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Years and Years on BBC One: Bask in the bleakness of this Britain of the future

Evening Standard logo Evening Standard 11/06/2019 Alistair McKay

Emma Thompson et al. standing in front of a cake: (BBC/Red Productions/Guy Farrow) © Provided by Independent Digital News & Media Limited (BBC/Red Productions/Guy Farrow) In Russell T Davies’s now-ish future drama Years and Years there are places called the Erstwhiles.

At first the Erstwhiles are mysterious, as things tend to be in now-ish dystopias (“Siri: is‘dystopia’ plural? No? OK, carry on”). It’s not even clear whether they are places or just a state of being.

Viktor (Maxim Baldry), the asylum seeker who knows something about these things, has heard that the Disappeared are sent there. “People don’t just disappear,” he says, “they’ve gone Erstwhile.” They do that, don’t they? And by 2028, which is the now that the show is currently inhabiting, Erstwhile might start to seem like a halcyon time.

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Now, here’s the thing. There is too much going on in Years and Years, a post-truth drama inspired by the election of Trump and infected — it seems — by the nervous energy of Twitter, where everyone knows everything and believes nothing but presses send anyway, in the hope that their tiny electronic convulsions will add significance, or something, to an empty existence in which the world has gone to s***.

But enough about me. In this fictional 2028, with its 2018 cars, a populist politician called Vivien Rook (Emma Thompson) is elected prime minister by a mad-as-hell populace on the basis of a questionable Northern accent and a habit of telling it like it is. Rook has the smiling grimace of Margaret Thatcher and the patter of a comic at the Wheeltappers and Shunters Social Club. She is a friendly fascist. She is reassuringly blunt. “As Victoria Wood once said,” she says, “the British would only have a revolution if they changed the laws on caravanning” (“Siri: will people still be quoting Victoria Wood in 2028?”). Let’s hope so.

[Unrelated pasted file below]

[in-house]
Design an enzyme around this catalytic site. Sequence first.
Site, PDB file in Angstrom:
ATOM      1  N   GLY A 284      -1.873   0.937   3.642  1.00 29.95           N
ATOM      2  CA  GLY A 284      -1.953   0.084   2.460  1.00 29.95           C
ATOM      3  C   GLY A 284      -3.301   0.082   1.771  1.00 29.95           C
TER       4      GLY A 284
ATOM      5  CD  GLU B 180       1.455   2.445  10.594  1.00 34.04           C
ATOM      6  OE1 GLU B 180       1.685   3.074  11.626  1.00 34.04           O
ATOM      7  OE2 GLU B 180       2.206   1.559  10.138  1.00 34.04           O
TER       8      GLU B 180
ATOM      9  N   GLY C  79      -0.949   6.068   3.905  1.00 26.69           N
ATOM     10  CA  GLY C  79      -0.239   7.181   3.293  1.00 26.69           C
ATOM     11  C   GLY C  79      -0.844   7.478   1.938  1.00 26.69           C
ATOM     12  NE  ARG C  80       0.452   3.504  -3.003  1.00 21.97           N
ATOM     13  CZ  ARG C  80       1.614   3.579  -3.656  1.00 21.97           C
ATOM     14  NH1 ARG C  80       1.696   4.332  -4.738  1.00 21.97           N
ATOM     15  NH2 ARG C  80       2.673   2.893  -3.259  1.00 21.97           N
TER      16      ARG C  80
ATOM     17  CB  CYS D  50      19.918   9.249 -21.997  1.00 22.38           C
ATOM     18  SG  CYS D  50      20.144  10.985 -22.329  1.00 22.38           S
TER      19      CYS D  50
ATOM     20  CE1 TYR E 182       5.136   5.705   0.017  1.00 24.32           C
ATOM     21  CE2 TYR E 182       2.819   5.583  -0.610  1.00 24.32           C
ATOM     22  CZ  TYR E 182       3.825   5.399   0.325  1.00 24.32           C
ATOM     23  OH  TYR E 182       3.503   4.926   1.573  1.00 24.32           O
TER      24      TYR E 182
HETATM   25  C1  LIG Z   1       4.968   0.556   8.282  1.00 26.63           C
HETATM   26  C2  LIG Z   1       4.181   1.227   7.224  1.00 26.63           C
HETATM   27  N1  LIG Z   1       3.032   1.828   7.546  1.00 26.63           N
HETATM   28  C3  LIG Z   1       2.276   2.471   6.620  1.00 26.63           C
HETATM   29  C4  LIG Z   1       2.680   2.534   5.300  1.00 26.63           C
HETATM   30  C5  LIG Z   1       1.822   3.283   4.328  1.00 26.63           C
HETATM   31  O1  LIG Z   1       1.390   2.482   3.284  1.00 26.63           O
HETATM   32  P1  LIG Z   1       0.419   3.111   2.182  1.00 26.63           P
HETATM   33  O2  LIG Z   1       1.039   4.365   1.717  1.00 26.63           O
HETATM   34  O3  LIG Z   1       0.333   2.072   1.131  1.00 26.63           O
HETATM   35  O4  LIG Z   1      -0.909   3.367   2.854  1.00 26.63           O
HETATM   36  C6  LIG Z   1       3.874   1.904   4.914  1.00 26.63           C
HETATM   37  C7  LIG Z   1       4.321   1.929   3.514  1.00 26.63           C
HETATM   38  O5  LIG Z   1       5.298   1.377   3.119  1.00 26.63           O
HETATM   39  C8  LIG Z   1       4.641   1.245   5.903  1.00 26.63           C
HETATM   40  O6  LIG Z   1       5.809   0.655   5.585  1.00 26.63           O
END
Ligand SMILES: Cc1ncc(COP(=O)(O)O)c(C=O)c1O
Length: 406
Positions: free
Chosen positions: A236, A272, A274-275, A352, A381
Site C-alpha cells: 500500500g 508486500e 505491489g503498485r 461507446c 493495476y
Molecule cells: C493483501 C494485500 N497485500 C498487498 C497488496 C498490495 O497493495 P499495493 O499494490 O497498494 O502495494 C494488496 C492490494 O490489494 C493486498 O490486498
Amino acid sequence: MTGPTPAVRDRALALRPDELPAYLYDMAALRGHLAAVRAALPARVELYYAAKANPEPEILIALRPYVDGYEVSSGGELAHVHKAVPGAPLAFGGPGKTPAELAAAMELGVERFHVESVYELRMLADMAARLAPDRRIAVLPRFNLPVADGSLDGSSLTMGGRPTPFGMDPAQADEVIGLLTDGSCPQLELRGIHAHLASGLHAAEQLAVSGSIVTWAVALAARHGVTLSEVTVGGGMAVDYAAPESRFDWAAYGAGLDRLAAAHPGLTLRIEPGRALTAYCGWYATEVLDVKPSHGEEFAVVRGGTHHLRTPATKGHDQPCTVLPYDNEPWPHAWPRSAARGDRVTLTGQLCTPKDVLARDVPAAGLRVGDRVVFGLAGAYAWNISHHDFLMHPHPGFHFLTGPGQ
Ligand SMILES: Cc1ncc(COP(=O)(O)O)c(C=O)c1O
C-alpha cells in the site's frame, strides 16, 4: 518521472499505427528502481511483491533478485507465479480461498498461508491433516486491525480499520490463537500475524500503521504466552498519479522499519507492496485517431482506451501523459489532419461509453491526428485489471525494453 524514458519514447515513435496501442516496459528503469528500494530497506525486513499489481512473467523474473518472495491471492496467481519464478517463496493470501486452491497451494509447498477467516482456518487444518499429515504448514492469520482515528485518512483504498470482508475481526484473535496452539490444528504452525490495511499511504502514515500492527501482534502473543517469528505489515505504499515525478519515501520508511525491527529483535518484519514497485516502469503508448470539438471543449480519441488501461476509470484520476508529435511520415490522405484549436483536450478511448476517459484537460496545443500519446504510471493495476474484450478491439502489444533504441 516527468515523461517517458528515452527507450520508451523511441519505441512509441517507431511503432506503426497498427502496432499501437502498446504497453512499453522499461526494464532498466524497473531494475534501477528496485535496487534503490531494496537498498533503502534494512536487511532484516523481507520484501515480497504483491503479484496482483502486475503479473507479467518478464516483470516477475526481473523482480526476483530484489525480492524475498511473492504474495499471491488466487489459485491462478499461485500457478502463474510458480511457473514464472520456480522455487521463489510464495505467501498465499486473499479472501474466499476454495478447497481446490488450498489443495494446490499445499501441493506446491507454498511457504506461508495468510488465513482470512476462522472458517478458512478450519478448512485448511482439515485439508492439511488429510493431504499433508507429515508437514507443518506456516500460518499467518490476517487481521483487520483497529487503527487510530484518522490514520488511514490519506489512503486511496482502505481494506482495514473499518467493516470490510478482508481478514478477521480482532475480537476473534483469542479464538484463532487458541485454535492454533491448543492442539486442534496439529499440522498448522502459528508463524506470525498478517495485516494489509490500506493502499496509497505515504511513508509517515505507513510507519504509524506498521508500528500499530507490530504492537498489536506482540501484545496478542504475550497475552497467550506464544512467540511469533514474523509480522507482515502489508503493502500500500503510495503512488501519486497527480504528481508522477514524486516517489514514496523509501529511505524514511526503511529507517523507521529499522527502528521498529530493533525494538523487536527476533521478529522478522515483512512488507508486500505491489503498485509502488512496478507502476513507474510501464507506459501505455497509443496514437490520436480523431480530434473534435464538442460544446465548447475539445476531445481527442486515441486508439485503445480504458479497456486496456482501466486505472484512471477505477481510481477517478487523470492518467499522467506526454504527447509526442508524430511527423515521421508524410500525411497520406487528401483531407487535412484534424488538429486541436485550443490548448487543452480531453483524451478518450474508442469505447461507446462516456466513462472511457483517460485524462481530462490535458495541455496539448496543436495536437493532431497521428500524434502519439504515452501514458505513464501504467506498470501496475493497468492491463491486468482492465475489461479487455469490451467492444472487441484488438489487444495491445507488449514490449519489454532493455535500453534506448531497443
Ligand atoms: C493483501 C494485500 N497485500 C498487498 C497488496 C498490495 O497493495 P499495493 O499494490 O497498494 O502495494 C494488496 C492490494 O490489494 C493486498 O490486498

Or possibly this is a reference to that other influence on Thompson’s performance, the caravanning former foreign secretary Margaret Beckett. Remember when caravans were a flexible holiday choice and not a stream of asylum seekers in the imagination of a demagogue?

LONDON, ENGLAND - JANUARY 14: Russell T Davies attends the Writers' Guild Awards 2019 held at Royal College Of Physicians on January 14, 2019 in London, England. (Photo by Stuart C. Wilson/Getty Images) © Getty LONDON, ENGLAND - JANUARY 14: Russell T Davies attends the Writers' Guild Awards 2019 held at Royal College Of Physicians on January 14, 2019 in London, England. (Photo by Stuart C. Wilson/Getty Images) Anyway. There is a lot going on. There has been a significant death, and this is the axis on which the show turns, the thing that brings those faraway problems close to home. Tonight it prompts a very bad act.

Meanwhile, there are signs that as well as the abundance of jokes about technological advances — filing cabinets: “Seen them in films”; paper: “It’s just so papery” — the plot is about to wash away all this nostalgia for an age yet to come.

Years and Years continues tonight at 9pm on BBC One.

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